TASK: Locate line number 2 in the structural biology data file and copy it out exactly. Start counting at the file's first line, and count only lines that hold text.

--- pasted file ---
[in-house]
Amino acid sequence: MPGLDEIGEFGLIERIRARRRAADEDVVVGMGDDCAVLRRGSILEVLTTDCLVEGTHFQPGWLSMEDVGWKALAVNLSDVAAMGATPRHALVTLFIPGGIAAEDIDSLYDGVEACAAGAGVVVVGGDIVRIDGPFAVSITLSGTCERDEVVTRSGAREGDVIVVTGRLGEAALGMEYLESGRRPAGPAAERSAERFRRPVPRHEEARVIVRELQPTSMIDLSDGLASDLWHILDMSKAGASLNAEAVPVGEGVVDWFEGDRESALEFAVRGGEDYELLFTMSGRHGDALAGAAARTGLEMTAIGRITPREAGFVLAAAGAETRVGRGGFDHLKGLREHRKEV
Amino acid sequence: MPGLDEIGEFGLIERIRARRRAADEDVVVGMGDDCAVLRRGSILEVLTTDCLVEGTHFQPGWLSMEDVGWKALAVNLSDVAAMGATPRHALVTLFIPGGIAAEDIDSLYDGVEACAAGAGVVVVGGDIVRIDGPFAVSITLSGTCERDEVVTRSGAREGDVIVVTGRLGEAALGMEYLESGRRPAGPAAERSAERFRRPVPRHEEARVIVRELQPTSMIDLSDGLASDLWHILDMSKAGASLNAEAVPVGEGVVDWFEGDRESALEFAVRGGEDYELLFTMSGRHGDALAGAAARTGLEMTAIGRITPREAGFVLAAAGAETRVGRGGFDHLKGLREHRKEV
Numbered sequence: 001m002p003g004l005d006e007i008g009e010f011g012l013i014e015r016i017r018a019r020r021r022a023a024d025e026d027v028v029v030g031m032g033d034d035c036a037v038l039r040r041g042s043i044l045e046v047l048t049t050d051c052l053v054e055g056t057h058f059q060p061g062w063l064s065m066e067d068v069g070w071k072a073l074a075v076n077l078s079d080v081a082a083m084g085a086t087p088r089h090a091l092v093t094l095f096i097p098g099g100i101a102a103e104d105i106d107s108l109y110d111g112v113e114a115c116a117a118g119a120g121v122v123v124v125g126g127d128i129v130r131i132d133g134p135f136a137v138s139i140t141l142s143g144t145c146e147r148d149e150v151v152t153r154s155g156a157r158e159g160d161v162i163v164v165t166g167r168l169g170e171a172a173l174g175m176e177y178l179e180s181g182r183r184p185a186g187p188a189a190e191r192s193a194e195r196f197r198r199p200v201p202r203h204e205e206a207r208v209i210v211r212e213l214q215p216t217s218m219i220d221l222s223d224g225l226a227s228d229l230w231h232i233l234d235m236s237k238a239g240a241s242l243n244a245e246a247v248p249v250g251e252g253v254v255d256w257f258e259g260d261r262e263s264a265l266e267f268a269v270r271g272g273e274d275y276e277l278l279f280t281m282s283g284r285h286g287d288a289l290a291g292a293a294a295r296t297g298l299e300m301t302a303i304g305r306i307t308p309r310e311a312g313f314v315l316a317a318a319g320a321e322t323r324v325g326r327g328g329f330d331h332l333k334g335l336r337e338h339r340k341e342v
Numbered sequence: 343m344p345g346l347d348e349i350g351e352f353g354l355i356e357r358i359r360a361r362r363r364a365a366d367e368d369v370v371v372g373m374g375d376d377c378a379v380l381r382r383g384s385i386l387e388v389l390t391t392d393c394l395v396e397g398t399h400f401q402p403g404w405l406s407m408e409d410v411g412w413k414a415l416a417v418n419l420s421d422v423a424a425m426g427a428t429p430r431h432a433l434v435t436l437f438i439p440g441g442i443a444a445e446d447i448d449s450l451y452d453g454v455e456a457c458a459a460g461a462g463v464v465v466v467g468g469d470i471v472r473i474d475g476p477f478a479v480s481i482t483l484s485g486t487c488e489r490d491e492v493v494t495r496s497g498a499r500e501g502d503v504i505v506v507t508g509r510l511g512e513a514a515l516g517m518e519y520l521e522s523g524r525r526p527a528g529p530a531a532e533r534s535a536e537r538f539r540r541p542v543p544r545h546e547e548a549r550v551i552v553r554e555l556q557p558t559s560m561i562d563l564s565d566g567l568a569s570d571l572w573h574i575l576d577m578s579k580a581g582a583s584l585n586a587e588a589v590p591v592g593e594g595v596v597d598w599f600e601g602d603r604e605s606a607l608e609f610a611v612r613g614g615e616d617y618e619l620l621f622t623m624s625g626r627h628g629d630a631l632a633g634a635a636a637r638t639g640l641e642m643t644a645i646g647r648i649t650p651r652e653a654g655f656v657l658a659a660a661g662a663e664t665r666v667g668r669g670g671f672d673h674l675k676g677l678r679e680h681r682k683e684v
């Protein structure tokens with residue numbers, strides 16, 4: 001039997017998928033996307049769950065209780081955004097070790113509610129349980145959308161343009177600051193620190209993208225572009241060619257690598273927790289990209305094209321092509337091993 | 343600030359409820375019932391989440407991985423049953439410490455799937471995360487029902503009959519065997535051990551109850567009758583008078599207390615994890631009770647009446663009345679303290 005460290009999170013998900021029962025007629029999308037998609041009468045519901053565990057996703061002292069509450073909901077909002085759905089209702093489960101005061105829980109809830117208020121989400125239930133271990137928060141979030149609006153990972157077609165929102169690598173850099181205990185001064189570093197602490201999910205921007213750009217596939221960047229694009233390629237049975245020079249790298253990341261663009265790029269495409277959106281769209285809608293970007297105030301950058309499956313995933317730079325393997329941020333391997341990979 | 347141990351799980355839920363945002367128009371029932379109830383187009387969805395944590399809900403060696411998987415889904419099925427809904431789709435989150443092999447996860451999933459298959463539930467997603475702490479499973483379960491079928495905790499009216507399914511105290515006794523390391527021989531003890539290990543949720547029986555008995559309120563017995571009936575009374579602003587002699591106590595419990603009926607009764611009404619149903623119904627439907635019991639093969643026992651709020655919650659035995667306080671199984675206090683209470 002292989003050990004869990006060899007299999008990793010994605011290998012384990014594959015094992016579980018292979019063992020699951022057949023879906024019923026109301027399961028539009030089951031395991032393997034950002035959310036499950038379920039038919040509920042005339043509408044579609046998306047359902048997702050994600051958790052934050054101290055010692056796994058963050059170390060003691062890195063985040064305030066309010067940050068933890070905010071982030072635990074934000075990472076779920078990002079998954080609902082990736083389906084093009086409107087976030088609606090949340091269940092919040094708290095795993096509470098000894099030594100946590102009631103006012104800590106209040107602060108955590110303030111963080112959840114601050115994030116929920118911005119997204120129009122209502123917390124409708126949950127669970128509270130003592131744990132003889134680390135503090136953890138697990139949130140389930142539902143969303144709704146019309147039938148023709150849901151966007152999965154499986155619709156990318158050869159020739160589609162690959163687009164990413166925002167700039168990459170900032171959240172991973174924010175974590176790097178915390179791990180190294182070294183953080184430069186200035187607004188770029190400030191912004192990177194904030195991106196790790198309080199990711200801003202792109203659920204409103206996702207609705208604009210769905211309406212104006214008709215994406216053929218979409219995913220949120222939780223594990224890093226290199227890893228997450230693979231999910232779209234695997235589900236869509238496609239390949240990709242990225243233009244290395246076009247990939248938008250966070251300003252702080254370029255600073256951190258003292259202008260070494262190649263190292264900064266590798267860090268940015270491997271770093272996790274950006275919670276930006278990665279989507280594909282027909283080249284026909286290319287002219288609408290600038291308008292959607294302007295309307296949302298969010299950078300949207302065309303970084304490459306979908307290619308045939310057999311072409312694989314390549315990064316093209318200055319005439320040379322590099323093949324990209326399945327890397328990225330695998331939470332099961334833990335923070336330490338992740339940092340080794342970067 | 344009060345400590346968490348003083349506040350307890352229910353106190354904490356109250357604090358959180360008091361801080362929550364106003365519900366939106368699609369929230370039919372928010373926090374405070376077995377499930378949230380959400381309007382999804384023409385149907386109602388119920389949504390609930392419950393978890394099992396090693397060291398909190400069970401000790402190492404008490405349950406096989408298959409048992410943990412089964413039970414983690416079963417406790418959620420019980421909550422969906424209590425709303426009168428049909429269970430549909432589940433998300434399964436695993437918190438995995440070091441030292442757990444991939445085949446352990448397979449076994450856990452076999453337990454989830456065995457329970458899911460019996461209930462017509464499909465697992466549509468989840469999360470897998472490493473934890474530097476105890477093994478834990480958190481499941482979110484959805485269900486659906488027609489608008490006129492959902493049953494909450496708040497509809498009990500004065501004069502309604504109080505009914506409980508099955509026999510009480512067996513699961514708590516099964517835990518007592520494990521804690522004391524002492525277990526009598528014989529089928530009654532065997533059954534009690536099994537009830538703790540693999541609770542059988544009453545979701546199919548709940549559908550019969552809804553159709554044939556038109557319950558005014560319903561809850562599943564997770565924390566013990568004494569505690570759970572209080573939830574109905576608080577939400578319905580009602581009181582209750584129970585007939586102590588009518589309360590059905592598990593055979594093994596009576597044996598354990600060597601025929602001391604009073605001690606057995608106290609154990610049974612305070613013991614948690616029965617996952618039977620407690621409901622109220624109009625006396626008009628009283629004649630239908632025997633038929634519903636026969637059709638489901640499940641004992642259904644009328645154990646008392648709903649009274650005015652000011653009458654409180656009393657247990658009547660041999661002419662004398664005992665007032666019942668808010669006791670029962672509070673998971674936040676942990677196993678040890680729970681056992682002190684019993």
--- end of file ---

Amino acid sequence: MPGLDEIGEFGLIERIRARRRAADEDVVVGMGDDCAVLRRGSILEVLTTDCLVEGTHFQPGWLSMEDVGWKALAVNLSDVAAMGATPRHALVTLFIPGGIAAEDIDSLYDGVEACAAGAGVVVVGGDIVRIDGPFAVSITLSGTCERDEVVTRSGAREGDVIVVTGRLGEAALGMEYLESGRRPAGPAAERSAERFRRPVPRHEEARVIVRELQPTSMIDLSDGLASDLWHILDMSKAGASLNAEAVPVGEGVVDWFEGDRESALEFAVRGGEDYELLFTMSGRHGDALAGAAARTGLEMTAIGRITPREAGFVLAAAGAETRVGRGGFDHLKGLREHRKEV